So a while back I decided to learn SuperCollider for fun. I thought the best way to start would be by creating something I was already familiar with so I could focus on learning SuperCollider and let my experience guide the thing I was building. I like FM synthesis and have some knowledge of how it works, so I thought this would be a good topic to use to explore SuperCollider. The result thus far is a headless (i.e. no graphics), monophonic, four-operator FM synthesizer that can be controlled via MIDI (it even responds to velocity!) Up next I think I'll be working on implementing polyphony or a GUI to control individual operators. In the meantime, feel free to get a copy of the source code.

8-step sequencer for Live + Launchpad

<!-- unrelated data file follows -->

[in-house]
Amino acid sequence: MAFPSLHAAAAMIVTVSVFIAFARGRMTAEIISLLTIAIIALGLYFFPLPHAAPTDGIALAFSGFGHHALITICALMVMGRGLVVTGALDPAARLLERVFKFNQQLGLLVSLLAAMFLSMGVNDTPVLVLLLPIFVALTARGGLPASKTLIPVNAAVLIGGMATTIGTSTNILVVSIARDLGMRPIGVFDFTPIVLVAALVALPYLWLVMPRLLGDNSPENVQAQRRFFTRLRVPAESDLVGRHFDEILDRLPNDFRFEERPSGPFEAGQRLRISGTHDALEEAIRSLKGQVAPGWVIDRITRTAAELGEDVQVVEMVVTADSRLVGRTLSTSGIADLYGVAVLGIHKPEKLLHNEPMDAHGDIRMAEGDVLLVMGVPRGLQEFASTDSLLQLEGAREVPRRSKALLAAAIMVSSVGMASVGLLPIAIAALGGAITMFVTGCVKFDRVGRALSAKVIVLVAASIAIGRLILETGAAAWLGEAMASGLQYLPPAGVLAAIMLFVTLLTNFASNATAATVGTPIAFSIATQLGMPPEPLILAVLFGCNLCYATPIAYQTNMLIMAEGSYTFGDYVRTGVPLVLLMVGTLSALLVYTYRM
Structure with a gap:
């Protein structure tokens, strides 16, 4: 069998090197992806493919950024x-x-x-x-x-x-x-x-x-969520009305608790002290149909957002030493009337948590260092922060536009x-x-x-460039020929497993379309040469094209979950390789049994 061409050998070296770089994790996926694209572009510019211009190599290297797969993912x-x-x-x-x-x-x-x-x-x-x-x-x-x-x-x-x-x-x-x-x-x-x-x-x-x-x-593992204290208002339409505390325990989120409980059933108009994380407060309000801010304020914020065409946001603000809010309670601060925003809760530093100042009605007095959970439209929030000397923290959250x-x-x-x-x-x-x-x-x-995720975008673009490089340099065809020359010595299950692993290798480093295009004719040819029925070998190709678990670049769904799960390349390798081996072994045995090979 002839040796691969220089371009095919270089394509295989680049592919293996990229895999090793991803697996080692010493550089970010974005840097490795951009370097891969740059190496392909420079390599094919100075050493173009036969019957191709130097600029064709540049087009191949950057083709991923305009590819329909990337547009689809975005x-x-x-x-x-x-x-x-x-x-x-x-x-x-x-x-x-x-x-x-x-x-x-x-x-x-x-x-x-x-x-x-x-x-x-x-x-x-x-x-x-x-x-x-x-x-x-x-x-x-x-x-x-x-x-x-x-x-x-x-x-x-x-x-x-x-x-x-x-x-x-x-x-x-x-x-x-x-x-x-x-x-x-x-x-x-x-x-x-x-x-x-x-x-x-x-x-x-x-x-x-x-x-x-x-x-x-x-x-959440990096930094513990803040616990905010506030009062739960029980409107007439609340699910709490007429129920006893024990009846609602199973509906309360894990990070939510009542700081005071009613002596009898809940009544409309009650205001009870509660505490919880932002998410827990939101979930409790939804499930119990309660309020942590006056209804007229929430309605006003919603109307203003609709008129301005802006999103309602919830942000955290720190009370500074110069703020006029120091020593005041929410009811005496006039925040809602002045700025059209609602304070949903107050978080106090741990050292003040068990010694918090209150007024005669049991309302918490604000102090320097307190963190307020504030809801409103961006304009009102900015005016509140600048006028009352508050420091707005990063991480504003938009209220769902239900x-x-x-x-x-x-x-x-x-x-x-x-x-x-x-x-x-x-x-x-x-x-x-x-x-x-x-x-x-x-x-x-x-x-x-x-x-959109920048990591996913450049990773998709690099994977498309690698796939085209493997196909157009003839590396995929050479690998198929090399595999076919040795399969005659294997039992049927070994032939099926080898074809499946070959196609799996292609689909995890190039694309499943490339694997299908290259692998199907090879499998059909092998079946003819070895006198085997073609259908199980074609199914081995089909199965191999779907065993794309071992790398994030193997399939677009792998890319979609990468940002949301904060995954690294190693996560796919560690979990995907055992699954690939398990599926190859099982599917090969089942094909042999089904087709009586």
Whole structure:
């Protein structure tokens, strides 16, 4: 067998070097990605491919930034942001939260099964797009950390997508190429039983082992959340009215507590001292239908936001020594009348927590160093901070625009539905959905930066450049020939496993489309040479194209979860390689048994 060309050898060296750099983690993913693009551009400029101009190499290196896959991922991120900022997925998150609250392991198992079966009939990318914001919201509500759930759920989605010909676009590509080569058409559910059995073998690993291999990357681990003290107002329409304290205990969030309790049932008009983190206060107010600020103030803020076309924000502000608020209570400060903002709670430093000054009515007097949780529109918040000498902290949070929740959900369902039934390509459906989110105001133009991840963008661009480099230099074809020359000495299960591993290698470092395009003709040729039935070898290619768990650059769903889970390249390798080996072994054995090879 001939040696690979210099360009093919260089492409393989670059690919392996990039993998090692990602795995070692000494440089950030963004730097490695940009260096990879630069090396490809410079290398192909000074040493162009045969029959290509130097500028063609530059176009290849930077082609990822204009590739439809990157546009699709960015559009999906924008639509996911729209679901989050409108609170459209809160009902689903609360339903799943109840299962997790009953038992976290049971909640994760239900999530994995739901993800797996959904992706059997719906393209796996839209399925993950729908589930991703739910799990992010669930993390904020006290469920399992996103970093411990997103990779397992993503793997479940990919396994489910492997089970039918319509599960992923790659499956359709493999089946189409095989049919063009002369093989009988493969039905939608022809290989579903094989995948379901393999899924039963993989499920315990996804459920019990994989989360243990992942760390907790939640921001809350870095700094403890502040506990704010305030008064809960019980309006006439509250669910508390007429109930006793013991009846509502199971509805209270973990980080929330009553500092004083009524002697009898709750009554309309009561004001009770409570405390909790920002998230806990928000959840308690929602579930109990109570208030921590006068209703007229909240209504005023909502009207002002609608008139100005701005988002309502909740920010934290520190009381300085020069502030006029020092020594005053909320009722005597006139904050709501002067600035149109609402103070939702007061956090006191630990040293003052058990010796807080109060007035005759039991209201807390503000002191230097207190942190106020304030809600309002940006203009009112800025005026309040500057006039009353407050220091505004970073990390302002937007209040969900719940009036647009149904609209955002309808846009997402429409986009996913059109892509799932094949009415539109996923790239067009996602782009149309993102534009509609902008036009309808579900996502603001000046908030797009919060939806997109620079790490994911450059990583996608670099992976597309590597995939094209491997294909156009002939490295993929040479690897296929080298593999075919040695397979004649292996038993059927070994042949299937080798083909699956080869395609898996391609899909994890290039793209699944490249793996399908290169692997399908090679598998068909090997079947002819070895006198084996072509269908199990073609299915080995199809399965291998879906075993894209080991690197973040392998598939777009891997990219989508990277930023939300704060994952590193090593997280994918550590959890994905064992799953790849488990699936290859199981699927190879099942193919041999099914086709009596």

I've just uploaded an 8-step sequencer for Live that uses only Live effects and it doesn't require Max for Live. I owe some credit to Aurex's 8-Step V2 sequencer, which inspired me to make a sequencer using the Launchpad. My implementation is simpler and, in my opinion, easier to use. I also find that in being more limited my take on the sequencer encourages more experimentation with your patches rather than going for a shotgun approach of letting your sequencer do everything for you. Go ahead and try it and tell me what you think.